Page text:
- Surprise and Delight – creativity in delivering the unexpected
- Embrace Resistance – proactively receive criticism and taking appropriate and immediate action to address the issue
- Leave Your Mark – finding ways to go beyond the brand promise and contributing to the society at large
When it comes to its people, Starbucks® has consistently applied these five principles and has heavily invested much attention and resources in ensuring that these are lived by them across the organization, whether the person is in the head office or in the store.
The first principle of ‘Make It Your Own‘ is taken quite literally by Starbucks.
People who work in Starbucks are called ‘partners‘, not ‘employees‘. They are issued what’s called as ‘Bean Stock‘ which essentially makes them shareholders of the company.
“Bean stock has made me a proud shareholder of Starbucks.”Cherry Jin, Store Manager
And as shareholders, the Partners have a very different mindset and motivation when doing their work in the company, vis-a-vis someone who is just a regular employee in other companies.
With regards to ‘Everything Matters‘, workers are trained to leave the counter every ten minutes to check on the whole store and interact with customers.
The brand places a very high value in customer interaction. Several strategies that have been deployed globally were borne out of actual interactions with customers inside the store. One notable example is the global roll-out of non-fat milk which was a result of several branch managers responding to customer feedback to provide non-fat milk as an option in its offerings.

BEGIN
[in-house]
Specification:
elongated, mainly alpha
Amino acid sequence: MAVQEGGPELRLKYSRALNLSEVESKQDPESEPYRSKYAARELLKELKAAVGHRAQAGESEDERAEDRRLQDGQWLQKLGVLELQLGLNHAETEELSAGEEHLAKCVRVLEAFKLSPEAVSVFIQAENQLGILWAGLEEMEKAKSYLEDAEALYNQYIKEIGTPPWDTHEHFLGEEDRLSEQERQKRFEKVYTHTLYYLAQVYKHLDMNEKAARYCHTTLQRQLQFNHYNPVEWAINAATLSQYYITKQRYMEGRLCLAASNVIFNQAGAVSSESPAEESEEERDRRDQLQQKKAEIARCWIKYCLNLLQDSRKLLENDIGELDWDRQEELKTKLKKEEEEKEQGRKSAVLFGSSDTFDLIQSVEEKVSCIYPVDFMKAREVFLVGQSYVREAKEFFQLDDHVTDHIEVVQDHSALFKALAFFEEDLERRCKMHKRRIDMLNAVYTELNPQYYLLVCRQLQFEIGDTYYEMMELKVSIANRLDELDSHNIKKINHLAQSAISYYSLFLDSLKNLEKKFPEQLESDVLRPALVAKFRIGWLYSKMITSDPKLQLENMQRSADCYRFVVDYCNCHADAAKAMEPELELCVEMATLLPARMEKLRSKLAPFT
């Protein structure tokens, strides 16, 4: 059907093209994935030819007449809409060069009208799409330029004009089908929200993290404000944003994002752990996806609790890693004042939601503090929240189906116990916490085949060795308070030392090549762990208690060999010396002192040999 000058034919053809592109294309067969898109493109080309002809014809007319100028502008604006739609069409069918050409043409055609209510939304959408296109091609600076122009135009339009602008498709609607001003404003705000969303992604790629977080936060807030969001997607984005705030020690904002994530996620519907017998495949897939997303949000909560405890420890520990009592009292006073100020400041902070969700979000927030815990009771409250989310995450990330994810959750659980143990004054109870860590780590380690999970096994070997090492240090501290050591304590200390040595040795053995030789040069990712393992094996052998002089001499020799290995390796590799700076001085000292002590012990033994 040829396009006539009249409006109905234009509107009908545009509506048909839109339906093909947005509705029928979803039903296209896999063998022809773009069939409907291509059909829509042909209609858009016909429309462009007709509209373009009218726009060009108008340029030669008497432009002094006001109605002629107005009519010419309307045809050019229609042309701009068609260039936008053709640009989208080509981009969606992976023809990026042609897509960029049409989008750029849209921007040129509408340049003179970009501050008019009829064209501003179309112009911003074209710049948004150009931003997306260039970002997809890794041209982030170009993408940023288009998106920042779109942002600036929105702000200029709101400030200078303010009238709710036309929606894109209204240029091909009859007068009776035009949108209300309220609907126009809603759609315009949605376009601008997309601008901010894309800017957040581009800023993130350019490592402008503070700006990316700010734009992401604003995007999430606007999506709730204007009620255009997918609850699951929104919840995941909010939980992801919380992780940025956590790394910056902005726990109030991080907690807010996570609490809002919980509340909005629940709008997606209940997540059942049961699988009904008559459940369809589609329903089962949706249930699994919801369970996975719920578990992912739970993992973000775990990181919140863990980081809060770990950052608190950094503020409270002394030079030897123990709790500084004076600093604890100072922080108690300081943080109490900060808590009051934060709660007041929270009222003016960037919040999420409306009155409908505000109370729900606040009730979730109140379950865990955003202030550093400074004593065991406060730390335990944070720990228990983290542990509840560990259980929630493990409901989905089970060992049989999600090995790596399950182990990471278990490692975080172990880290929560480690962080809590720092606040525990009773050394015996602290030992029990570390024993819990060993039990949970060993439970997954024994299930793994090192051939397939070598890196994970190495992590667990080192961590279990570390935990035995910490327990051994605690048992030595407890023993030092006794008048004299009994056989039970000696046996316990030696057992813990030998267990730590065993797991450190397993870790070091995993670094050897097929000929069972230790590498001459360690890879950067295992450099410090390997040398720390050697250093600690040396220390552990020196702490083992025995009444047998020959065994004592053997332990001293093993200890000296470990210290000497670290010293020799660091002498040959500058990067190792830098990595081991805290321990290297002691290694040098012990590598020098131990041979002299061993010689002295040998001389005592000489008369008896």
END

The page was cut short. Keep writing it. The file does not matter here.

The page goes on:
In my earlier anecdote of baristas knowing your order before you even make them is an example of ‘Surprise & Delight’. Baristas are even trained to memorize names of regular customers. Workers are also taught the art of ‘Happy Conversation‘. All these are aimed at enabling its people to provide that extra spark that leaves customers delighted.
There is one example of a store in the United States where they noted a sizable group of deaf customers. In response to this, the staff decided to take lessons in American Sign Language and even adjusted the workflow to accommodate those customers.